But whatever it would have been I would have been happy to receive it.  I’m pretty sure she would have been ambiguously amused.  Klezmer music is hard to resist, and she wouldn’t have approached this performance from my more complicated perspective.

As it turns out, and as I learned later, Tracy was preoccupied and so did not respond to my message.  Kerri, on other hand, did and we discussed it through a number of messages.  We first checked to determine if the klezmer band is in fact a Jewish band.  It is.  We agreed the track was weird, not just strange, or different, but requiring a stronger descriptor.  Weird will do.

To share the music, I found a YouTube version by the same band.  That version of course has images, and the images, in cartoon figures, emphasized the religious message of the birth of Christ, which is not as prominent in the song as heard but not seen.

Adding those images sealed the deal for Kerri and me, as we agreed that whatever the band’s motive in producing this track was, the result was disrespectful to both traditions.

And yet, at least for me, that judgment is offered with a lingering smile.

Christmas eve after a good dinner featuring the roast with Ryan. Carol asleep in her chair, the dog as usual stretched out on the floor.

I had trouble finding music to listen to today, even on the classical stations.  I have no objection to Christmas themed music but what was offered today just wasn’t that interesting.  Ditto popular music with somewhat less tolerance because, well it’s popular music made primarily to cash in on the holiday and is just otherwise not that good.  When I heard the fourth or fifth version of Rudolph, that time by Dean Martin, I had had enough and put on a CD of Pavarotti doing serious holiday music. I could listen to him sing the alphabet song.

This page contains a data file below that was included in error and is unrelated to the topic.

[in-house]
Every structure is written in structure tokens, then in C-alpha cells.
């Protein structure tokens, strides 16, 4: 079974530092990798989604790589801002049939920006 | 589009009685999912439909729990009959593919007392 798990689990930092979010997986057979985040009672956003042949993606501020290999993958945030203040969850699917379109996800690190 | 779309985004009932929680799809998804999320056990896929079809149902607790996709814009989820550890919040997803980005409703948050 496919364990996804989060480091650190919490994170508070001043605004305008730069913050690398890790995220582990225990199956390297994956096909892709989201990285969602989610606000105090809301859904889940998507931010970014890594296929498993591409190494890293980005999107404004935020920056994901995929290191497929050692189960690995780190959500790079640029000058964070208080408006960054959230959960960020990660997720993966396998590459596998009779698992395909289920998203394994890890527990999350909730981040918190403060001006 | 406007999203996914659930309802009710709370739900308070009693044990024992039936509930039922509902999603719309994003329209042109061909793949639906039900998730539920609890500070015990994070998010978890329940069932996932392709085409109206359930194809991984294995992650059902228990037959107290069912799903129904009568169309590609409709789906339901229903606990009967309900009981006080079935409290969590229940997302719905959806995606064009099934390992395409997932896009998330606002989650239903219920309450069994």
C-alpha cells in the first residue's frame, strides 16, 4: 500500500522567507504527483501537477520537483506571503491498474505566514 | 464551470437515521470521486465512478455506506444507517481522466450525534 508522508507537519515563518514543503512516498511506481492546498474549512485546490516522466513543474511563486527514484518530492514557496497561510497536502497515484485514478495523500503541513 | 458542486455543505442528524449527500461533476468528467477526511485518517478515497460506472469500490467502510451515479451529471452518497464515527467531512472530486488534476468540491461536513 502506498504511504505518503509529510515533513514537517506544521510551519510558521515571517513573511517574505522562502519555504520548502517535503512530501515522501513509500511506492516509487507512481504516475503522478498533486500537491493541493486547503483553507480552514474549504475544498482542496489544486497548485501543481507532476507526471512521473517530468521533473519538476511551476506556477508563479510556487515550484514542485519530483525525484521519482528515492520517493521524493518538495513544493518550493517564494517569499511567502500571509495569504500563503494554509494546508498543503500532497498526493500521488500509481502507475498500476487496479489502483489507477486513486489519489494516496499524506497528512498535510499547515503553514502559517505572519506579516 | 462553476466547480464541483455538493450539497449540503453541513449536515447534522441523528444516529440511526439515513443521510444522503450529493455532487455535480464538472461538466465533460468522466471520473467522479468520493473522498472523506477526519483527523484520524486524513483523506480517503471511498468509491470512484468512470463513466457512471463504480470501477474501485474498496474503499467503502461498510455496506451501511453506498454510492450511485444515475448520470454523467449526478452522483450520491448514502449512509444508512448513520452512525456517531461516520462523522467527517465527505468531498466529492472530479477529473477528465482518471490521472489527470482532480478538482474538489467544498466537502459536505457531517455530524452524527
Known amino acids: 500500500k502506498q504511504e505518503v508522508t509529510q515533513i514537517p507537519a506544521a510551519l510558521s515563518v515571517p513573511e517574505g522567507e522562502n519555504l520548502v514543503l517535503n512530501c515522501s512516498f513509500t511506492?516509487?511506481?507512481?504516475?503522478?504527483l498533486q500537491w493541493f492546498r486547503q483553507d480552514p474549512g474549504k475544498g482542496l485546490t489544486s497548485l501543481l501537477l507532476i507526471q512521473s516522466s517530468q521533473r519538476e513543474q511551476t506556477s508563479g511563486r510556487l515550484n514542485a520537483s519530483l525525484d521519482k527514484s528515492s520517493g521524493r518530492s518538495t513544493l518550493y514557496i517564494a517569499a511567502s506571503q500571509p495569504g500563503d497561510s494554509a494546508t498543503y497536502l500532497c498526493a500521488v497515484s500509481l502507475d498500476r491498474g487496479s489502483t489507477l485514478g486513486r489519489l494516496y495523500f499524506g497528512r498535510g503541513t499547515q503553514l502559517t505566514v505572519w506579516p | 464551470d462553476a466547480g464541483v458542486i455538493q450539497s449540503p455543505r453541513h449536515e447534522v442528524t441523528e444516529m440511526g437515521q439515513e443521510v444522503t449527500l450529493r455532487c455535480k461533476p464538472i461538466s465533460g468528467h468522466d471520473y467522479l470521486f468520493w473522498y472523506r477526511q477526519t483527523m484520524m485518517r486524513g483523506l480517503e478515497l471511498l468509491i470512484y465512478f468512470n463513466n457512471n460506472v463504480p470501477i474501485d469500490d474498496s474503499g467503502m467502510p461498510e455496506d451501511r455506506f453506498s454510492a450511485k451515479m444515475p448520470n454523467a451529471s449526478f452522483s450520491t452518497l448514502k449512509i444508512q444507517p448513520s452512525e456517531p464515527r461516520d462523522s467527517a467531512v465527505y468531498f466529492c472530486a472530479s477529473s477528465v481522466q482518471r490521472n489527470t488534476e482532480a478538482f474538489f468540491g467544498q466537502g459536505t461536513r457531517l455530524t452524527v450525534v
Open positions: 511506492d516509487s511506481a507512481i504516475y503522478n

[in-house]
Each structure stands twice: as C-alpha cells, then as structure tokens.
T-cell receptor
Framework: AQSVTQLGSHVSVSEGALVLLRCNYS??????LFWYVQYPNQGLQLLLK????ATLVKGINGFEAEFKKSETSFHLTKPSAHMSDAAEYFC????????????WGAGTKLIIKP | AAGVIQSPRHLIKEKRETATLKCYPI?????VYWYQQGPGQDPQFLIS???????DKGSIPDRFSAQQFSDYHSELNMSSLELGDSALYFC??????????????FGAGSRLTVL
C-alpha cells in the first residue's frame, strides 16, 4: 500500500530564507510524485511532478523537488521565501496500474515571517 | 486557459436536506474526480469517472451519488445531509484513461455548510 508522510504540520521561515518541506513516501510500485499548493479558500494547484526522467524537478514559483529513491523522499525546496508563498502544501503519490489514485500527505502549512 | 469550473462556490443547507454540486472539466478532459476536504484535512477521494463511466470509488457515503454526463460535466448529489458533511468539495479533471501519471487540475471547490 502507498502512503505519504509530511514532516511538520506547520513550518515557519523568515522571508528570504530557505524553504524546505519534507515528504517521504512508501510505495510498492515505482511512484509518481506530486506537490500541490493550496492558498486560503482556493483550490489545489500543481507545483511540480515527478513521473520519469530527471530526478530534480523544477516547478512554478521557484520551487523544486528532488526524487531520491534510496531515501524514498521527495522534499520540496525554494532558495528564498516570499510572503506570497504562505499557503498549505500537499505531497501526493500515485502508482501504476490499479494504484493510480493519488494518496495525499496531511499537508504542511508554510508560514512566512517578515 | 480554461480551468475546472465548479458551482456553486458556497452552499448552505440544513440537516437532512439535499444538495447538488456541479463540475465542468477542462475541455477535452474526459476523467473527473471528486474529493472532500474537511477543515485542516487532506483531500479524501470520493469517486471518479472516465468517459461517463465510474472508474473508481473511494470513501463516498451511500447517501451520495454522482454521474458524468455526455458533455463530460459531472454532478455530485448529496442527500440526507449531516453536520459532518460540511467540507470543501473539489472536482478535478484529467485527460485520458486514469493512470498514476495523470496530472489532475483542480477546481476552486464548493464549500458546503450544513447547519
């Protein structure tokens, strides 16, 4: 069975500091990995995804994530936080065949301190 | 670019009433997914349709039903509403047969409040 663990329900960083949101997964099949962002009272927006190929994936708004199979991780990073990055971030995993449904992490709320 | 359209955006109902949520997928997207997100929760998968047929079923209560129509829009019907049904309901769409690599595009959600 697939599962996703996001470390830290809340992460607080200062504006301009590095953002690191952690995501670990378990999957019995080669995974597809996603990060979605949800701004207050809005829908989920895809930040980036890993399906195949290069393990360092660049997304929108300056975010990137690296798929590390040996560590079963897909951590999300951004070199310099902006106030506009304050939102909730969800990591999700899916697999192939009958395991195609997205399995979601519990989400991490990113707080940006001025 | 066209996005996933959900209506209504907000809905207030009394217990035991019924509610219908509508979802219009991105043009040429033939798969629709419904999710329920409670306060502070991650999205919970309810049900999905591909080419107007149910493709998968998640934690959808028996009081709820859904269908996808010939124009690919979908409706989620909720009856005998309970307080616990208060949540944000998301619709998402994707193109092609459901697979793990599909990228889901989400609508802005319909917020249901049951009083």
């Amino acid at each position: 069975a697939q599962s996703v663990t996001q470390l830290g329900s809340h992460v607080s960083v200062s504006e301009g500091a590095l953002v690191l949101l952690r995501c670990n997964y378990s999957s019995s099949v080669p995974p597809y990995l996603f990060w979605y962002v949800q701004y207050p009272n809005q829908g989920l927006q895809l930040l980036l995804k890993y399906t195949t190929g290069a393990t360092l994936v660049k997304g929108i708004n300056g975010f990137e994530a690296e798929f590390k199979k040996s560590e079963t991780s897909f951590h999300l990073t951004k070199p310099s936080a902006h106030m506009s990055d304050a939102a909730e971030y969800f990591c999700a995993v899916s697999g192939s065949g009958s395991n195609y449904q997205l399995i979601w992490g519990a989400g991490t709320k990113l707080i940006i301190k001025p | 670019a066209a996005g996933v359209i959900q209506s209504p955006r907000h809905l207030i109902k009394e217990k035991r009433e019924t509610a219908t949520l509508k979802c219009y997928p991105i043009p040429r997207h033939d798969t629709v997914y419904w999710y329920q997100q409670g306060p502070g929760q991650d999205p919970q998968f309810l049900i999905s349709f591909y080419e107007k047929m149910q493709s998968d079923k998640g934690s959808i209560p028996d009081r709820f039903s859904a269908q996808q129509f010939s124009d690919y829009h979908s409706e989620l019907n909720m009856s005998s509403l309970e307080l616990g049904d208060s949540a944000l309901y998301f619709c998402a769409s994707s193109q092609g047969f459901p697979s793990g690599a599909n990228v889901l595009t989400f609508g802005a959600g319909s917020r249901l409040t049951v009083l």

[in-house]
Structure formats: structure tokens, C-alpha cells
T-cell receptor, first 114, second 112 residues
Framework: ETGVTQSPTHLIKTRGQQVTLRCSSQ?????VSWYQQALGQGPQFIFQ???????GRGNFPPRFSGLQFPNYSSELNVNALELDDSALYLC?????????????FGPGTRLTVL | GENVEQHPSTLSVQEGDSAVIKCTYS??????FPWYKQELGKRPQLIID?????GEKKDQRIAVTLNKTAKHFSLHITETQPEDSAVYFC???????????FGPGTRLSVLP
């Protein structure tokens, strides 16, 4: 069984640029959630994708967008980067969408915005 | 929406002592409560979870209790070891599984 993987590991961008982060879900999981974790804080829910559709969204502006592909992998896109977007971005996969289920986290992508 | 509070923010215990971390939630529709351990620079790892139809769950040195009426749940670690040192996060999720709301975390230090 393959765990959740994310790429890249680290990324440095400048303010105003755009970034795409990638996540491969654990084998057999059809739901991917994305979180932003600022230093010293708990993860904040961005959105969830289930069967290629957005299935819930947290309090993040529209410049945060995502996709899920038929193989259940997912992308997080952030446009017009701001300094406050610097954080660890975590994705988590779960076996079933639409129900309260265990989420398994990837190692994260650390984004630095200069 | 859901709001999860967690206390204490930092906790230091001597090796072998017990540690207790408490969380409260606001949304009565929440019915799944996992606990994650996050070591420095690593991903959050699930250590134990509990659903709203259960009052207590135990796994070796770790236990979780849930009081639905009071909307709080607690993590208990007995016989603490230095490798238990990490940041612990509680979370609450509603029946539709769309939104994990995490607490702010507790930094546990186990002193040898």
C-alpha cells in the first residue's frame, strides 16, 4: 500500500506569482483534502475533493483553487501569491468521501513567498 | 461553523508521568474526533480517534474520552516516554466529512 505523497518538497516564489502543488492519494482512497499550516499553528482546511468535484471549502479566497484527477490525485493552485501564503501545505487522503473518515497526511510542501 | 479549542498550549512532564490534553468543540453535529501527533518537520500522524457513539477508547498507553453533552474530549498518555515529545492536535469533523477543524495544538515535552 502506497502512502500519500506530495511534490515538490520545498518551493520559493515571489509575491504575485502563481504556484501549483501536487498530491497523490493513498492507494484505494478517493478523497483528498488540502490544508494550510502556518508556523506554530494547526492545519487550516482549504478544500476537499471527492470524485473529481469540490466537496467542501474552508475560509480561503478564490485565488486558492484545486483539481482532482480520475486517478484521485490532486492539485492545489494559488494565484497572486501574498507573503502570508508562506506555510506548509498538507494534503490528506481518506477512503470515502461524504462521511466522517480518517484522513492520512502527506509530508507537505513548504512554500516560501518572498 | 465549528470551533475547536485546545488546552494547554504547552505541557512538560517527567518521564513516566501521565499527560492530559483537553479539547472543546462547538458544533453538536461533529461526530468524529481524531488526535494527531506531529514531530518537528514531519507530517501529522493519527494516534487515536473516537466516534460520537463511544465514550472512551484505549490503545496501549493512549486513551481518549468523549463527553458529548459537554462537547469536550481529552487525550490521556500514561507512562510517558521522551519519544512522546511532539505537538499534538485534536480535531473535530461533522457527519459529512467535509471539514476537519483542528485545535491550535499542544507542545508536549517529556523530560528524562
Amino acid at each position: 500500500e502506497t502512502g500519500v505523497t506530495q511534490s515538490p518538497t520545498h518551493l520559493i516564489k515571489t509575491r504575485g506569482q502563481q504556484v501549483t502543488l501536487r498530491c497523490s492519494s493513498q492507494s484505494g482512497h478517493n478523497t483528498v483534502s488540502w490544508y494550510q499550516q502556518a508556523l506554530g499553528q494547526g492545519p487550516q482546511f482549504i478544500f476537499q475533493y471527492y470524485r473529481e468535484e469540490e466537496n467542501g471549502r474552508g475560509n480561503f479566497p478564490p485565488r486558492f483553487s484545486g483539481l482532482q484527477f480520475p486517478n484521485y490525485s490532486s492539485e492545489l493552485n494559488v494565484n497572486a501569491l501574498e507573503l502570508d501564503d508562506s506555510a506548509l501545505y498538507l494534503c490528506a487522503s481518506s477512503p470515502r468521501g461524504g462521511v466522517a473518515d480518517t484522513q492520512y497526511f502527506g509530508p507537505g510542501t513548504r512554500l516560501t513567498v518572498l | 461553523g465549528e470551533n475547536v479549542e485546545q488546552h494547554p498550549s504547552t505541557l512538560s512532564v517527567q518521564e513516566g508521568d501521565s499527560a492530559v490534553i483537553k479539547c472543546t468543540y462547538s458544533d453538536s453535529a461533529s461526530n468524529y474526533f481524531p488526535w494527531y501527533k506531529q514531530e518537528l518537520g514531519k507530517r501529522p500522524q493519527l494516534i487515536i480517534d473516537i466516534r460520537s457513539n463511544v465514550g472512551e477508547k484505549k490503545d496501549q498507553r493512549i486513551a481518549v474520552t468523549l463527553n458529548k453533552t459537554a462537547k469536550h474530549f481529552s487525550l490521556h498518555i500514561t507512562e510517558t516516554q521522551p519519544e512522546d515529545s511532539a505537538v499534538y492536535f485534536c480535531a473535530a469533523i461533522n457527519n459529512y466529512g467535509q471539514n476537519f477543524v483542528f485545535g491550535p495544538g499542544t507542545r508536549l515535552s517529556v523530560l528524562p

Carol seemed indifferent to the music until she heard Pavarotti singing Ave Maria, and then she perked up.

During the afternoon an unexpected visit from Jane and daughter Marissa bearing gifts, followed by a long overdue catch-up conversation particularly with Marissa who will be finishing college in a year.

That socialization followed a weekend of long distance parenting with my daughters.

With Kerri, as described above, messaging about the klezmer band playing Christmas music, with Tracy a phone call later about  various issues that she was dealing with, for which I served as a sounding board and one person support system, with Danielle the next day, an extended conversation concerning a life decision she faces, for which  I was not so much as a sounding board but rather a source of fatherly advice.

Three daughters, three different interactions, all of them filling my usually isolated weekend with the reach of long distance interactions.

These interactions turned my head toward the future, reminding me of the ongoing parenting roles available to me, valuable in themselves, but more so as a mechanism  to help me break my brooding chain to the lost past with Carol.

And just as important as breaking that chain is the strengthening of my resolution to continue my caregiving role with Carol by putting it into a larger context, one that extends beyond the possible limits of those caregiving responsibilities.

Just trying to keep my legs underneath me and my head on straight as I travel along this unknown road.